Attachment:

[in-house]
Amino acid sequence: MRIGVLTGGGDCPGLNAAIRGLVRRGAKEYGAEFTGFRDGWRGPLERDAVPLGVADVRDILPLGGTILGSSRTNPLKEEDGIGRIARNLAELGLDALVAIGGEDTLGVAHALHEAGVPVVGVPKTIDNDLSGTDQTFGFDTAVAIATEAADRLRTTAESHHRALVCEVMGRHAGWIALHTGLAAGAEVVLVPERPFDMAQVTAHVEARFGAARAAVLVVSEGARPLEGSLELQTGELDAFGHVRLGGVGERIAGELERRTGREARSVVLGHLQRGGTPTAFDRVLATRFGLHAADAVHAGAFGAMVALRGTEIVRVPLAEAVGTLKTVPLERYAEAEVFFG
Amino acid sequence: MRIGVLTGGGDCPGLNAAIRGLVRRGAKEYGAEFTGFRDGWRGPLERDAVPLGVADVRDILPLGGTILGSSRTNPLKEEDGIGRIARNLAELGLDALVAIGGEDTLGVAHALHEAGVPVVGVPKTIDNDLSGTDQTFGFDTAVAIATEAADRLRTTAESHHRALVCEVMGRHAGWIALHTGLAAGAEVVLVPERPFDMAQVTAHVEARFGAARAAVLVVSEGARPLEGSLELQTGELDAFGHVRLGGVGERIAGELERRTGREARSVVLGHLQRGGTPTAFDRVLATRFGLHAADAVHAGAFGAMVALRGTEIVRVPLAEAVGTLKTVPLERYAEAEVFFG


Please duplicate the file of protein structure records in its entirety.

[in-house]
Amino acid sequence: MRIGVLTGGGDCPGLNAAIRGLVRRGAKEYGAEFTGFRDGWRGPLERDAVPLGVADVRDILPLGGTILGSSRTNPLKEEDGIGRIARNLAELGLDALVAIGGEDTLGVAHALHEAGVPVVGVPKTIDNDLSGTDQTFGFDTAVAIATEAADRLRTTAESHHRALVCEVMGRHAGWIALHTGLAAGAEVVLVPERPFDMAQVTAHVEARFGAARAAVLVVSEGARPLEGSLELQTGELDAFGHVRLGGVGERIAGELERRTGREARSVVLGHLQRGGTPTAFDRVLATRFGLHAADAVHAGAFGAMVALRGTEIVRVPLAEAVGTLKTVPLERYAEAEVFFG
Amino acid sequence: MRIGVLTGGGDCPGLNAAIRGLVRRGAKEYGAEFTGFRDGWRGPLERDAVPLGVADVRDILPLGGTILGSSRTNPLKEEDGIGRIARNLAELGLDALVAIGGEDTLGVAHALHEAGVPVVGVPKTIDNDLSGTDQTFGFDTAVAIATEAADRLRTTAESHHRALVCEVMGRHAGWIALHTGLAAGAEVVLVPERPFDMAQVTAHVEARFGAARAAVLVVSEGARPLEGSLELQTGELDAFGHVRLGGVGERIAGELERRTGREARSVVLGHLQRGGTPTAFDRVLATRFGLHAADAVHAGAFGAMVALRGTEIVRVPLAEAVGTLKTVPLERYAEAEVFFG